The jazz singer Billie Holiday died of liver disease in a New York hospital early in the day on July 17, 1959. The early editions newspapers carried the news and printed picture. Holiday, nicknamed "Lady Day," was the singer of such hits as "Strange Fruit." She is one of the most important figures in the history of jazz music. Her life, however, held many hardships. She was involved in abusive relationships and grappled with a serious drug problem. Even as she lay dying in the hospital, she was arrested for drug possession.
On July 17, Frank O'Hara was walking around New York, running some errands, when he happened to see a newspaper with Holiday's face on it, from which he learned of her death. A huge admirer of jazz and of Holiday in particular, O'Hara had been to several of her performances. He once saw her perform in an old movie theater – an unusual venue made necessary by the fact that Holiday had been arrested for possession of heroin and was not allowed to enter a normal club. The last time he had seen her was at a New York club called "The Five Spot," backed by the piano player Mal Waldron (source). You might compare the reaction of serious jazz fans to her death to the reaction of serious grunge fans to the death of Kurt Cobain. It was a huge blow.
Hearing of her death, O'Hara quickly wrote up the poem "The Day Lady Died" – on his lunch-break (source). Yes, you read that right. This classic American poem was probably written in one shot, in less than an hour. Actually, the conditions under which the poem was written are pretty much par for the course for O'Hara. He had one of the most unique styles in contemporary poetry. He wrote piles and piles of poetry, and many of them remain unpublished. He wasn't one of those tortured geniuses who sat for hours laboring over a line. He wrote in a very fast, breathless, rambling style, incorporating bits of tabloid news and snatches of telephone conversations. He never intended many of the things he wrote to be published. An extremely social guy, he preferred reading his poems to friends over drinks or dinner.
He worked at the front desk of the Metropolitan Museum of Art for much of his life, selling postcards and such, and he scribbled down many of his poems during lull periods in his job. This approach seems to resemble throwing spaghetti at a wall and hoping something sticks. Sometimes, as in this poem, the spaghetti did stick. The result is one of the most interesting, innovative, and accessible American poems of the second half of the 20th century.
Frank O'Hara was a major figure in the so-called New York School of poetry, along with fellow New Yorkers like John Ashbery. His two most famous collections are Meditations in an Emergency (1957), and Lunch Poems (1964), in which "The Day Lady Died" was published.
Have you ever been taken by surprise with the news that someone you care deeply about has died? Maybe you've been fortunate and haven't experienced this yet, but it happens to almost everyone eventually. That's the feeling that Frank O'Hara captures – oh, excuse us, hold on a minute, phone call. ("Yes? Uh-huh. What time? What's the address? 278 Oak Street. OK. Great. Bu-bye.")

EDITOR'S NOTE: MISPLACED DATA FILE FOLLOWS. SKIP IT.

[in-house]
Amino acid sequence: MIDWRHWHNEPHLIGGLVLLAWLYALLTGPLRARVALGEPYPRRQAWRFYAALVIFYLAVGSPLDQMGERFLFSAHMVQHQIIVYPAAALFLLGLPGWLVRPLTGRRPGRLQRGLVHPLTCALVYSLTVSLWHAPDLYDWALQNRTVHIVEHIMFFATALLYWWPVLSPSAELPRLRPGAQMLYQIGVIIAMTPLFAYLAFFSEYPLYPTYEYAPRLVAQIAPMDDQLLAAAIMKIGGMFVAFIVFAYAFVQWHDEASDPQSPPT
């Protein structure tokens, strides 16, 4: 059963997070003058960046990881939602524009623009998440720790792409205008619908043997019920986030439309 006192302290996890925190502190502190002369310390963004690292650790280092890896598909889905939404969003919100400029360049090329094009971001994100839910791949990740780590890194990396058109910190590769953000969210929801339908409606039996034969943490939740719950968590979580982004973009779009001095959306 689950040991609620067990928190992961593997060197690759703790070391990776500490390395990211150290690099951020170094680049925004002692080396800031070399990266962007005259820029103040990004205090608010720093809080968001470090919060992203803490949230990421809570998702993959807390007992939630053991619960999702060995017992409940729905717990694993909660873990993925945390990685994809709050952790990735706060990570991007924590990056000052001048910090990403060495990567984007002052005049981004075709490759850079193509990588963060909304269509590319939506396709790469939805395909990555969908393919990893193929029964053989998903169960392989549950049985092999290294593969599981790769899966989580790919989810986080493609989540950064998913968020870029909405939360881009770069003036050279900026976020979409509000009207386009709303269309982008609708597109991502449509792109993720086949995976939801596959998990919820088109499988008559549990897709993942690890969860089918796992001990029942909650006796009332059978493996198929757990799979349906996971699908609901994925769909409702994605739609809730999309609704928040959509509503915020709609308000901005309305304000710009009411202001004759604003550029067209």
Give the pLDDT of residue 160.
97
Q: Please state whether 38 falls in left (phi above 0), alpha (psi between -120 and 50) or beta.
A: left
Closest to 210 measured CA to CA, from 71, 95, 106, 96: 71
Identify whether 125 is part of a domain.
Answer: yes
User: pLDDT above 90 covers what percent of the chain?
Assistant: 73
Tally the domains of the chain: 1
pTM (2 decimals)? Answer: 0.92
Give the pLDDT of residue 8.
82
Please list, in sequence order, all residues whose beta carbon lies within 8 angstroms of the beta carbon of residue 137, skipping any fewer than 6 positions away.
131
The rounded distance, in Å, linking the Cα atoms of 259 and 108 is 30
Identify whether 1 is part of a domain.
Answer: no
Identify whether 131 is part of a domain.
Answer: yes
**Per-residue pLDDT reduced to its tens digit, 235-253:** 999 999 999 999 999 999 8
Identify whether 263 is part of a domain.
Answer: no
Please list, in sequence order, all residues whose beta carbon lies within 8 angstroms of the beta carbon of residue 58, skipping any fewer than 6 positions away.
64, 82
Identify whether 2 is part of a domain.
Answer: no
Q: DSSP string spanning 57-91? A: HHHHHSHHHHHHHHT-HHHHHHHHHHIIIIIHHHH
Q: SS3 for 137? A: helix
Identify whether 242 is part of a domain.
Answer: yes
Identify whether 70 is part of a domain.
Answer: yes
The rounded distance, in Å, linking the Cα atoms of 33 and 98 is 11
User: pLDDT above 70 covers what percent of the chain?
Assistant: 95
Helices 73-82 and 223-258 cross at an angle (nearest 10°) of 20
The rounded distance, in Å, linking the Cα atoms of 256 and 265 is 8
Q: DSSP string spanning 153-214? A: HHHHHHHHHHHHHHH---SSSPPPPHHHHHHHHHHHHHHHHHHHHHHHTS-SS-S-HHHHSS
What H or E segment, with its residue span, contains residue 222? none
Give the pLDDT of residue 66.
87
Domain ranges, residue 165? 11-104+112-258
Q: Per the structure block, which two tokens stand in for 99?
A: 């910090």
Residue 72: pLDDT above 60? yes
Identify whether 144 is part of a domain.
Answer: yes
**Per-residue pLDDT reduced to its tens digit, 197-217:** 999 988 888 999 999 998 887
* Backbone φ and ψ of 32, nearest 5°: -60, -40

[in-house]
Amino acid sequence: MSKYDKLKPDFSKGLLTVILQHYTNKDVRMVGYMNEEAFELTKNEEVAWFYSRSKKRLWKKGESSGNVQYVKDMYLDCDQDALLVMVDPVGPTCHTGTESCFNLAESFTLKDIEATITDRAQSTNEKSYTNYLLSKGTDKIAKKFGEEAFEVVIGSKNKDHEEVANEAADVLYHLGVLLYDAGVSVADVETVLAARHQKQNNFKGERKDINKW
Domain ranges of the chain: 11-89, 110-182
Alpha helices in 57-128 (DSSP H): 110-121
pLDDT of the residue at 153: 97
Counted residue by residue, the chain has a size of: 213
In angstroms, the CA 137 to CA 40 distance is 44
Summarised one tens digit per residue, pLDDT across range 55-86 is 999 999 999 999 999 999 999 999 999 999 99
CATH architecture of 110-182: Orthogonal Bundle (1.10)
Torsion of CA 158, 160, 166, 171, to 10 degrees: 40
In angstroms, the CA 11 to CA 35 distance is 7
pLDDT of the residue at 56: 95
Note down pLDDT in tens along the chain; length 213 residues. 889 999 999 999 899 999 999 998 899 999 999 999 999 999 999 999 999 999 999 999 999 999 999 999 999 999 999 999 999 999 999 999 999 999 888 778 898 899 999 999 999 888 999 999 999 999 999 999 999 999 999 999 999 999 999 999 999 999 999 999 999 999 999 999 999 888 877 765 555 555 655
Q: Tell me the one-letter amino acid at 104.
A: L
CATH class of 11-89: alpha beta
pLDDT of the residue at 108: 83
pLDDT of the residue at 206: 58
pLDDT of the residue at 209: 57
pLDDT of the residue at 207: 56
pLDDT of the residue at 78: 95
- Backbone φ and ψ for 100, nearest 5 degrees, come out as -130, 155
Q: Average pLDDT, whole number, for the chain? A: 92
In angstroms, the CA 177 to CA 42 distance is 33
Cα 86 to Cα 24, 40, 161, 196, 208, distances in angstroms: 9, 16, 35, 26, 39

Anyway, what we were saying? Yes, unexpected death. That's the experience O'Hara captures in "The Day Lady Died." Here's a normal guy, just walking around New York City, picking up some gifts for friends and peering into newsstands. He has a lot on his mind, and this death just imposes itself in the middle of everything. (Vibrate). One sec, let us just fire off this text message. (Lol, later.) Like, when you have a lot of stuff to do, you can't really process the news of someone's death. The world goes on, even if you feel like you're about to suffocate.
If you've ever thought that poetry is just too darned philosophical and nothing like real life, then you have to check out O'Hara's work. (Yes, I'll have the double Americano. Low-fat milk, please.) Without going into drama mode he conveys a deep, almost frantic sense of grief over Holiday's death in a way that pretty much anyone can identify with. And he never loses touch with the everyday world. Notice for example how he capitalizes the names of certain brands, so they seem to leap off the page like concrete things.
In the real world, insignificant things are constantly interrupting our best efforts to think. We're bombarded with advertisements and products. (Half price on toilet plungers!) O'Hara's hip, haphazard style is true to modern life. He didn't spend a lot of time reflecting on the meaning of life. In "Meditations in an Emergency" he wrote, "I can't even enjoy a blade of grass unless I know there's a subway handy, or a record store or some other sign that people do not totally regret life." In other words, this guy sounds awesome.
Many of his poems read like bullet-point lists of stuff he did during the day. They are frequently hilarious. When reading O'Hara's work, you can't help but ask: this is supposed to be poetry? Where are the flowers, the deep thoughts, the obscure literary references? Maybe "The Day Lady Died" will lead you to reconsider what poetry is. Or maybe...Oops! We're late for a meeting. We recommend you just read the poem. Talk later! Promise.